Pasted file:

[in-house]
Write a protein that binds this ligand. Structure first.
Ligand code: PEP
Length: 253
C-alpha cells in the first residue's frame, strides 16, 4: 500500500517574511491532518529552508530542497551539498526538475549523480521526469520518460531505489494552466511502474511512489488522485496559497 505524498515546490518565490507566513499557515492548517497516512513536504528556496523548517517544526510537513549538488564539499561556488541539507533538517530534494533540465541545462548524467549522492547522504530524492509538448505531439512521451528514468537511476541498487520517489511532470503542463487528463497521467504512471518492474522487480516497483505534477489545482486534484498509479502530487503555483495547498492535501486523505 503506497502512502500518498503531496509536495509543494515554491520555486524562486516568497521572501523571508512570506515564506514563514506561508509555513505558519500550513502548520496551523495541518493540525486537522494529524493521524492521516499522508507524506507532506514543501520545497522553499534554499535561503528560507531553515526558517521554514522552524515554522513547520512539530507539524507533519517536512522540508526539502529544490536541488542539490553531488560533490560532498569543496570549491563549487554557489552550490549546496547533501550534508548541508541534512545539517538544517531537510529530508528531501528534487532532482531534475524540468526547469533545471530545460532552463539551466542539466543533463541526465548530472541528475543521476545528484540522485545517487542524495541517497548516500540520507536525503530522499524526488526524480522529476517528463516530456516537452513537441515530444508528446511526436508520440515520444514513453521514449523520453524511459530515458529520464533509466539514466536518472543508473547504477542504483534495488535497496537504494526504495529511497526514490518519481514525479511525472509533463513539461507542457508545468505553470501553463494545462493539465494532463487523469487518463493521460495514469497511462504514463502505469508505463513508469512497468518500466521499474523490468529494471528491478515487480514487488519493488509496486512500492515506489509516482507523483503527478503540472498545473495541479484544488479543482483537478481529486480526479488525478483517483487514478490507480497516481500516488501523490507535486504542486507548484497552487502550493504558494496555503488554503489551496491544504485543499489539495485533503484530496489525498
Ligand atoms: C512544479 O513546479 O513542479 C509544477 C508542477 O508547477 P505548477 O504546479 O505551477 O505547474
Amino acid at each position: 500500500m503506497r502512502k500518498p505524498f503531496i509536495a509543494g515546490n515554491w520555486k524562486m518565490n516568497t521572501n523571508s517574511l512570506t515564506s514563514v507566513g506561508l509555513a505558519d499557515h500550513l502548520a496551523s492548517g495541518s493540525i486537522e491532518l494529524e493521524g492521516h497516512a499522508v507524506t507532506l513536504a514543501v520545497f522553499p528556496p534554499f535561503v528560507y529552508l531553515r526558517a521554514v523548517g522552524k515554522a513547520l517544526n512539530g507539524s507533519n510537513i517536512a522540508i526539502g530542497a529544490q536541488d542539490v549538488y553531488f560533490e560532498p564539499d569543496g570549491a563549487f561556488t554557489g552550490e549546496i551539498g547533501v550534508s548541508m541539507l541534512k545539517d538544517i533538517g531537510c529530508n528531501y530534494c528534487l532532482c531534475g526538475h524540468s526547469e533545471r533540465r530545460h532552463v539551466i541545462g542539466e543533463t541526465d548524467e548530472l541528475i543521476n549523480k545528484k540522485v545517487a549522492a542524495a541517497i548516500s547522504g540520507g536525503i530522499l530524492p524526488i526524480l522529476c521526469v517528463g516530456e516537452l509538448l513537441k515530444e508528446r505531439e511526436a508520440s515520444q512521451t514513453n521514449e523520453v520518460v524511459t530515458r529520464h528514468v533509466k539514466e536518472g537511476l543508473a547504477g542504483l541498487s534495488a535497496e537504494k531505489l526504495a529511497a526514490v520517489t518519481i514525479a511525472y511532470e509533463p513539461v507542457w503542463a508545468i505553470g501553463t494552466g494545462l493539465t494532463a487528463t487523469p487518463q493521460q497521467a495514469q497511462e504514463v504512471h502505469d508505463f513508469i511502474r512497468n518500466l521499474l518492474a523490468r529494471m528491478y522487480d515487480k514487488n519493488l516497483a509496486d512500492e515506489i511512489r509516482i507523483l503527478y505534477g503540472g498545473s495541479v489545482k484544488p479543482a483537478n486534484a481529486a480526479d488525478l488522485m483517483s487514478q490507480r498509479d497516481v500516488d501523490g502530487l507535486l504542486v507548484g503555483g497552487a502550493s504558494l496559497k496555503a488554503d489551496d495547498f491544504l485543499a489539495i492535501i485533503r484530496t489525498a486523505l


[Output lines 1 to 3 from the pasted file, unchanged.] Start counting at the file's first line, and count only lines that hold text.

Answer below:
[in-house]
Write a protein that binds this ligand. Structure first.
Ligand code: PEP